I agree with your comments. As I mentioned in a comment on FB, I was disappointed that there wasn’t more of a focus on classic Australian literature. However, overall it was great to watch a celebration of Australian books.
The production company that made the series usually focuses on indigenous stories, so it was good to see this show do likewise in terms of promoting and showcasing indigenous literature.
I found it inspiring and revealing – so good to hear David Malouf speaking about Johnno – a long time favourite! – and also a rich opportunity to consider what didn’t make the cut – Andrew McGahan’s “The White Earth” was a “dead cert” for the both the Place and Power episodes, I reckon!
Not read The White Earth. I don’t think I ever overcame the shock of reading his debut “Praise” which I hated. Lol.
McGahan kept changing styles – his first two were grunge, which suited me. The next, Last Drinks was an ordinary police procedural, and there was The White Earth, which I appear to be alone in disliking, and which you (can I say ‘therefore’) would probably enjoy.
Lol. I think I got it in my head that White Earth wasn’t his story to tell, but I don’t know where I got that from and I’m not sure it’s true. But anyway that’s why I’ve never read it.
Well, there you go, that’s my objection too. I don’t remember much of it now, but I listened to it when it was serialised on the ABC, maybe 20 years ago.
I also disliked Praise – but The White Earth was altogether a different thing …. loved it start to finish everytime!
I’ve enjoyed your recapping of this series. I generally don’t like the ABC covering books – they are so middlebrow and all I can do is shout at the radio or tv when I think they get something wrong. Here, I will admit they made lots of good choices. Power without Glory perhaps the most surprising, but it was an important book in its day. I though I might still have the hardback copy I bought in the early 1970s, but I can’t see it in any of the most likely places.
To maintain my reputation, I’ve reviewed a couple of Liane Moriarty’s and to have her on a show about Literature is just ridiculous.
Your comment about Liane Moriarty made me laugh out loud! I’ve not read the book, nor watched the screen adaptation, so I can’t comment…
Now that I’ve stopped chuckling, I need to be fair and say that it wasn’t so much a show about Literature, but about the books that have been influential at certain times. Moriarty fits here (I think) thanks to her long reign as New York Times bestseller a number of years ago. I had never heard of but all my US blogger friends had been loving her for years before I even realised she was Australian. It’s not easy or often that an Australian writer gets to be a best seller overseas…which is a whole other conversation, of course.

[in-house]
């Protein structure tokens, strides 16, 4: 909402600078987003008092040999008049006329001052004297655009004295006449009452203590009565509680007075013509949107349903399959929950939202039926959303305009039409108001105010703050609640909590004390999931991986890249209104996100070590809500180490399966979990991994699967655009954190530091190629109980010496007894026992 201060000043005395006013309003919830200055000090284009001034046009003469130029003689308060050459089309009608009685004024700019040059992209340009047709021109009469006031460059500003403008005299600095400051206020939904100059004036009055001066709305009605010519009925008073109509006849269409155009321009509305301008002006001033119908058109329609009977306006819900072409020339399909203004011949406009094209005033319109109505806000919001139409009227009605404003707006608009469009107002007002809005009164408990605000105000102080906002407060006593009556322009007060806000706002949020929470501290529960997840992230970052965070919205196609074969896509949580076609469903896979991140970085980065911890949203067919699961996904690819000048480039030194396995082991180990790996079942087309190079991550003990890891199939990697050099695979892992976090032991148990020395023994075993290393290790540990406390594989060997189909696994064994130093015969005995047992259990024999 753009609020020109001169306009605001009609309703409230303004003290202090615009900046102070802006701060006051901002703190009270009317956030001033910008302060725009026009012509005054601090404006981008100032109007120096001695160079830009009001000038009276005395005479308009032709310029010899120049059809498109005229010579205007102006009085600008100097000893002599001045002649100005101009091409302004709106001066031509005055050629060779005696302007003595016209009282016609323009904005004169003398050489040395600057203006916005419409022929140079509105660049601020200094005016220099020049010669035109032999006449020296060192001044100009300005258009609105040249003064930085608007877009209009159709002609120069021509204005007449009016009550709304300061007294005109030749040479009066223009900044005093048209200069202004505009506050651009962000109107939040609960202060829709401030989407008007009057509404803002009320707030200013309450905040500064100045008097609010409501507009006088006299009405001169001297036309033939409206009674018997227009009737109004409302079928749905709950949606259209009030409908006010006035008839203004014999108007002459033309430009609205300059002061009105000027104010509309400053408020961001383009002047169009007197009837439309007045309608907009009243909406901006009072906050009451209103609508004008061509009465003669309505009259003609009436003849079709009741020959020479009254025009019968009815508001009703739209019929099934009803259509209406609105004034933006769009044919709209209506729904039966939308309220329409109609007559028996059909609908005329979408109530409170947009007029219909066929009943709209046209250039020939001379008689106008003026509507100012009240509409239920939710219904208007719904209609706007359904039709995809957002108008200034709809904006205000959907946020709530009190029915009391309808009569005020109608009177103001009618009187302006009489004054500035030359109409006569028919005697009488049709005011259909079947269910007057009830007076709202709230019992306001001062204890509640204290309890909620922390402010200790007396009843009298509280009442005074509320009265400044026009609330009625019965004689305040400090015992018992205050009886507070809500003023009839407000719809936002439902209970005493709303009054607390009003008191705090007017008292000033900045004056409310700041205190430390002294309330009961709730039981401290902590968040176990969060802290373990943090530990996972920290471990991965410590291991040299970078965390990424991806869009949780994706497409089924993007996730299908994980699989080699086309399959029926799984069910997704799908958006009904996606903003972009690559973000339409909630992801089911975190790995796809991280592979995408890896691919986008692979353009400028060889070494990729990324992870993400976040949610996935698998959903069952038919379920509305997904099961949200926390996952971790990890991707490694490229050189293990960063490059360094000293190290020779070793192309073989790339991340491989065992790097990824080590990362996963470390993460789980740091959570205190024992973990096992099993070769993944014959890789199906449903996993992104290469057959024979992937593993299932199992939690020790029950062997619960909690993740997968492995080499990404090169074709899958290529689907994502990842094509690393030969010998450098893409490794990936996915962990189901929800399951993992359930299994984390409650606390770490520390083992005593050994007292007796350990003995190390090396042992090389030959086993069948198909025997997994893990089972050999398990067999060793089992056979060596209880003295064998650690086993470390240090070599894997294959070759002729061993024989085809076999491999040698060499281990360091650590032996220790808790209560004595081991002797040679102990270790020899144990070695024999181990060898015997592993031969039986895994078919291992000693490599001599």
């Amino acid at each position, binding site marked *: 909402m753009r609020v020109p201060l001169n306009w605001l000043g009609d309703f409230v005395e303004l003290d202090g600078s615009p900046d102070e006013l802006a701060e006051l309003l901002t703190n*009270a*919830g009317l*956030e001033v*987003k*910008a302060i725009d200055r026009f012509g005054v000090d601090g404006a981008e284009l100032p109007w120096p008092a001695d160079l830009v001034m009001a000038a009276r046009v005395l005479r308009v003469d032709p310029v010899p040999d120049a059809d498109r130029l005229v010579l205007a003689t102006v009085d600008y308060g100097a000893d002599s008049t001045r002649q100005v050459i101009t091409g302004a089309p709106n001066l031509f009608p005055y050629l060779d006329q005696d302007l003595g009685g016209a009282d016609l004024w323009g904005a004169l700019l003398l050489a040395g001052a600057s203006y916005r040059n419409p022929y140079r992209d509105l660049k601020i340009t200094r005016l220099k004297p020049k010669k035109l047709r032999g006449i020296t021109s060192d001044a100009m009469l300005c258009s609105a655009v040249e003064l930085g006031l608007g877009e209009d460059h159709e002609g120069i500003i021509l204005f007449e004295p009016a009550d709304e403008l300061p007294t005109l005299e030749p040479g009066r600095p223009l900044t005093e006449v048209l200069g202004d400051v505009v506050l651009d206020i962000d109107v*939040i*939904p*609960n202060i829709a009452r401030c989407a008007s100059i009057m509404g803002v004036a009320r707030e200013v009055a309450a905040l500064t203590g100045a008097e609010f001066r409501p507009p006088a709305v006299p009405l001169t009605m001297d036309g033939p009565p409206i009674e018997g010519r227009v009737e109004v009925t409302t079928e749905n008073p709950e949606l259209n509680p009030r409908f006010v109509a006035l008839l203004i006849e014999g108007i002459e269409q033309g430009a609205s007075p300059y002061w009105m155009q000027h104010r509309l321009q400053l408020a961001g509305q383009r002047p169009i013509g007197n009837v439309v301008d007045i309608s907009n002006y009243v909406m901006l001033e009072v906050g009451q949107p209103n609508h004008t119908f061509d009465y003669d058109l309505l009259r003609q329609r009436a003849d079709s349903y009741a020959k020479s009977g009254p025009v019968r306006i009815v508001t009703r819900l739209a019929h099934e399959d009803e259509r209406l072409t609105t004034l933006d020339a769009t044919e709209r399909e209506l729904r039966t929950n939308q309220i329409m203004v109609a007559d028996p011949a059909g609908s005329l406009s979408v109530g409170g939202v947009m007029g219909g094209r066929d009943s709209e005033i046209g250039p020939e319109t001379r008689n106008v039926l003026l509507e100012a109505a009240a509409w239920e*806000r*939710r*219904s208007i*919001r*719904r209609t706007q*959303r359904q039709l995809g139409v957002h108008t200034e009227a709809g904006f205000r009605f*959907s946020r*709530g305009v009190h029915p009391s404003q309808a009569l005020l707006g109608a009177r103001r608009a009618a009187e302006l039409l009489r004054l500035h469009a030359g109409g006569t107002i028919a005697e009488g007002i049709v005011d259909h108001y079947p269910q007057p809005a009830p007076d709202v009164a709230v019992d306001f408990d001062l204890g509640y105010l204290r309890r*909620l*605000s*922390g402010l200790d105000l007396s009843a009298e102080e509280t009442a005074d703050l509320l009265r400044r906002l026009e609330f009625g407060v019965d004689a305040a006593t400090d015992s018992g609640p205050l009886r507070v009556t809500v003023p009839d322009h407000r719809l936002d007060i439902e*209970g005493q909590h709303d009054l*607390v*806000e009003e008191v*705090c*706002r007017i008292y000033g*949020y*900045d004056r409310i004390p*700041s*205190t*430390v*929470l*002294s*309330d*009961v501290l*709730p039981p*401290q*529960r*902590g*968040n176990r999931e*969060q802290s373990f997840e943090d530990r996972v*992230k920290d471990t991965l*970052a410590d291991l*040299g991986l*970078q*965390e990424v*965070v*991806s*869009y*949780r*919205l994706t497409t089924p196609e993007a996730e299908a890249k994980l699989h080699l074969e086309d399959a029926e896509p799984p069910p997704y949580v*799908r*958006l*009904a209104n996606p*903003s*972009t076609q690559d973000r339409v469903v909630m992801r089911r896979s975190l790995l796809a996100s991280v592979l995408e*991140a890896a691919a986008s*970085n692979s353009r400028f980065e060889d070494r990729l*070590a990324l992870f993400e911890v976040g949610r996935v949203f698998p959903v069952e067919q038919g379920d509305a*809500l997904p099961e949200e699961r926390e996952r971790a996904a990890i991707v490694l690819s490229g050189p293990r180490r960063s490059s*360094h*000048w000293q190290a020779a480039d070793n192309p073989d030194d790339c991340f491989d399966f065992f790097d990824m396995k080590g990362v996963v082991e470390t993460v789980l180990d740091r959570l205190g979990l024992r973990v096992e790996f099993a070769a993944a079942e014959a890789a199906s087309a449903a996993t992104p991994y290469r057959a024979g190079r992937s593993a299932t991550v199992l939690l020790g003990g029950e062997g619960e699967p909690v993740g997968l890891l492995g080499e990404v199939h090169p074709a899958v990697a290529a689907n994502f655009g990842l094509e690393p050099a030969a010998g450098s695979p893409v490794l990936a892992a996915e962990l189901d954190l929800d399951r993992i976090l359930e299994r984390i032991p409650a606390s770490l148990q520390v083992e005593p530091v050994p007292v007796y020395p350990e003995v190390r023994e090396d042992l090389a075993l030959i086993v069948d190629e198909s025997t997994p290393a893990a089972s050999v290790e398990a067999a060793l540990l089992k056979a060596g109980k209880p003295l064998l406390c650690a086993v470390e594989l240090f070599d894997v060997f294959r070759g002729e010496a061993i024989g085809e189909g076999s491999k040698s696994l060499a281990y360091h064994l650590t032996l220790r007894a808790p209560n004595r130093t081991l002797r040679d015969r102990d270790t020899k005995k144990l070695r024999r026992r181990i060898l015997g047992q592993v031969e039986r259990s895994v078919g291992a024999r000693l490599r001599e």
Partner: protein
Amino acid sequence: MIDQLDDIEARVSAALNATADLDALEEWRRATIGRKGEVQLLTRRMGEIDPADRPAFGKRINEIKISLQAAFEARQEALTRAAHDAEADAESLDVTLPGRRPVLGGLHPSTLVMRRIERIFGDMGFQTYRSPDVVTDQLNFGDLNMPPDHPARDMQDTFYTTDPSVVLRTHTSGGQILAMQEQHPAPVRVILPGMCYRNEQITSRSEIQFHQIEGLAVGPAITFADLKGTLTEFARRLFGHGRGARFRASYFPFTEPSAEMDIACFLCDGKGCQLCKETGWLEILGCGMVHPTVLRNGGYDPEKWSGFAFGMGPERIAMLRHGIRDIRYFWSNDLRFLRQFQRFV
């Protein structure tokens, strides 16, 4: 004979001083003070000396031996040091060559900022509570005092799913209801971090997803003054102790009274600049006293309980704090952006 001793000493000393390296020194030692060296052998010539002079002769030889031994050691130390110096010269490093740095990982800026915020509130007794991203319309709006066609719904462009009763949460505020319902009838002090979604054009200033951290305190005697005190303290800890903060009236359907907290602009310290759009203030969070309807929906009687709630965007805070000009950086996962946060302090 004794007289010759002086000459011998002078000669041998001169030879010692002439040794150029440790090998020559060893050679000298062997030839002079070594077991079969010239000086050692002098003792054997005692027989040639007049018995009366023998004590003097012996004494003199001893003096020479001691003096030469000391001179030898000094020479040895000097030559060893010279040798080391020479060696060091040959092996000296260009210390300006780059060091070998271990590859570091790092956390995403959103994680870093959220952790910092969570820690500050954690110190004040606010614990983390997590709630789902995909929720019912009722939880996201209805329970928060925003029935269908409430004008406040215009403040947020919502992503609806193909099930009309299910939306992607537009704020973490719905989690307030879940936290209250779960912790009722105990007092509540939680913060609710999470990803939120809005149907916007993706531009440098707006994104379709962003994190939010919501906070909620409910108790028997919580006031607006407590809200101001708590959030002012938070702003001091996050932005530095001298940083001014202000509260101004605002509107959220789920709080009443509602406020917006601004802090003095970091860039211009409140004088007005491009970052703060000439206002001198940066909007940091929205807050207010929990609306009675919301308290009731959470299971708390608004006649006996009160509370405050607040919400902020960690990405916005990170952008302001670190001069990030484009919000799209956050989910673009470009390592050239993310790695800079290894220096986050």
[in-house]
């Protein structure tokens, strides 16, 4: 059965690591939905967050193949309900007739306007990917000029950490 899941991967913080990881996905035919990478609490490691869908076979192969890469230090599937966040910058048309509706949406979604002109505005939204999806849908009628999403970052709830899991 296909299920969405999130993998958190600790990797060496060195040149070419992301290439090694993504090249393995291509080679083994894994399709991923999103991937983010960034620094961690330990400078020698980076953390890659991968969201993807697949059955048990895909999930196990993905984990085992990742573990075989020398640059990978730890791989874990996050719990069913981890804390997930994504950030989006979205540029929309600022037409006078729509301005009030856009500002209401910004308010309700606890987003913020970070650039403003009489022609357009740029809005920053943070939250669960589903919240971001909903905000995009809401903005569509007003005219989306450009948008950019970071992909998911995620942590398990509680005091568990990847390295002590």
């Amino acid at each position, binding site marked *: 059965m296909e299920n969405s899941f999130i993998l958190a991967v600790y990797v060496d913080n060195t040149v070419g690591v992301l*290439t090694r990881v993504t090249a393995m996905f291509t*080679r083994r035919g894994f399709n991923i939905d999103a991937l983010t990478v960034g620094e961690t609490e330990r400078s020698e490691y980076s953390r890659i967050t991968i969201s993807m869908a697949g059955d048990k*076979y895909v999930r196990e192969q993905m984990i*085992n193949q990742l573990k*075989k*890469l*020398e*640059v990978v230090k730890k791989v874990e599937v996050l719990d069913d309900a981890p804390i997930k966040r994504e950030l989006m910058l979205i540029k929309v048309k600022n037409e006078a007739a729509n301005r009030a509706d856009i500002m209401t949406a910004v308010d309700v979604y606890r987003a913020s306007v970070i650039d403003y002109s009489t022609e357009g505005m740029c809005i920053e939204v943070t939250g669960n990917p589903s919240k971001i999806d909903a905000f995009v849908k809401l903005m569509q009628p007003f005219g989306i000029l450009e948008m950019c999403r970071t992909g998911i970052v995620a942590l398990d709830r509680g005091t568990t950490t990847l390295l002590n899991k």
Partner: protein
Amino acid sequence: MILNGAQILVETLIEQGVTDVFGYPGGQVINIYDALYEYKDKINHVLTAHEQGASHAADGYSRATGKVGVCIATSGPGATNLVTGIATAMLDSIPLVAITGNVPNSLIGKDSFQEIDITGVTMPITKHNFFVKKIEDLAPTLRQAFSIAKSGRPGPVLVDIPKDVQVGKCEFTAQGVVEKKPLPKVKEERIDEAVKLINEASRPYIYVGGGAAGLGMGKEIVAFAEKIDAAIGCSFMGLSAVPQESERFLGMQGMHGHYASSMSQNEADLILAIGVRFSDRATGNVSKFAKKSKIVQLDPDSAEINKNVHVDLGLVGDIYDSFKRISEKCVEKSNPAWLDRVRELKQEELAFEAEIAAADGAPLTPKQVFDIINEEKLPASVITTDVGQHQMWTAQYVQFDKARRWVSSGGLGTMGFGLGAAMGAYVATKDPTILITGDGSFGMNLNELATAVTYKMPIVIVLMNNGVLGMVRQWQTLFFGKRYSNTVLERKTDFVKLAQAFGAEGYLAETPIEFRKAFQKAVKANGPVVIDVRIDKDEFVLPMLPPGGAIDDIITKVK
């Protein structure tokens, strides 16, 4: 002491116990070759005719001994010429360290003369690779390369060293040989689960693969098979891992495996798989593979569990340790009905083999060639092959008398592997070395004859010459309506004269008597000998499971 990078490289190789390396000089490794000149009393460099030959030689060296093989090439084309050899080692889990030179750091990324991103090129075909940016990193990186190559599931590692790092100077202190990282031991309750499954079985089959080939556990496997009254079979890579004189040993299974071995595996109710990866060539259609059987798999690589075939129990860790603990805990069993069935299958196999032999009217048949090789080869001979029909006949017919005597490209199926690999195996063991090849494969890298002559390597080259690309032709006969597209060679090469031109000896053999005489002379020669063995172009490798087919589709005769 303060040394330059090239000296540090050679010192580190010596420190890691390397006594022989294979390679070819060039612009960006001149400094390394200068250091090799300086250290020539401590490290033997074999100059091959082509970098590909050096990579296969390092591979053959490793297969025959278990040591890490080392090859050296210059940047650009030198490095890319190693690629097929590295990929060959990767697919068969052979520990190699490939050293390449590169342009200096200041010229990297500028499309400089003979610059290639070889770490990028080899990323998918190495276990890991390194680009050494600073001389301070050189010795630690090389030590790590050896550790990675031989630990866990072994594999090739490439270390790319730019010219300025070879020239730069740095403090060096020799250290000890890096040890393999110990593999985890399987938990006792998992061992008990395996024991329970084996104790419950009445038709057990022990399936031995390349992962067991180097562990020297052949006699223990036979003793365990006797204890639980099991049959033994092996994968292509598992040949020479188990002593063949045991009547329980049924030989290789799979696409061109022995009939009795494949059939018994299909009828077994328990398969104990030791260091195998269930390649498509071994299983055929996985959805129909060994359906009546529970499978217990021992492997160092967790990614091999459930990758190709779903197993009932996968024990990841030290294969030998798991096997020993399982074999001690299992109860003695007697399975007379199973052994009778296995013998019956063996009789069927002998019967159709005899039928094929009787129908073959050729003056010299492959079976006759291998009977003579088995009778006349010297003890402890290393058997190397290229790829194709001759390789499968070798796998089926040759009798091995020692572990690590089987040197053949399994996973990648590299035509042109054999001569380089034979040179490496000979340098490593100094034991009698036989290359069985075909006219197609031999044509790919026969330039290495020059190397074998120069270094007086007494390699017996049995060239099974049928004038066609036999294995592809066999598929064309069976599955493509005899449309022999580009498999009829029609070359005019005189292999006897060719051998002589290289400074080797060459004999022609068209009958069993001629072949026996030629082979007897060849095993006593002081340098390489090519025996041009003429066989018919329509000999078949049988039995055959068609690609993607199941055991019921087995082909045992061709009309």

I do also think she peaked with Big Little Lies. I haven’t been able to read any of her new books at all.
Yes, I think they said Moriarty was the first Australian to ever hit the number one slot on the New York Times bestseller list, which is quite an achievement really.
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You continue to show up the huge gap called ‘Australia’ in my reading awareness. I’m missing out!
Sadly, most of these books will never have been published outside of Australia, so I wouldn’t beat yourself up about it — you can’t know what you can’t know, if that makes sense.
It’s tantalising to read your posts on this series and hear about so many authors I’ve not heard of. Sadly many of them are going to remain a mystery because they are either not available in the U.K. or. It available at a reasonable cost.
Yes, now you understand that when I lived in London and went home to Australia on holiday I would always return with a suitcase full of books!
Totally understand that!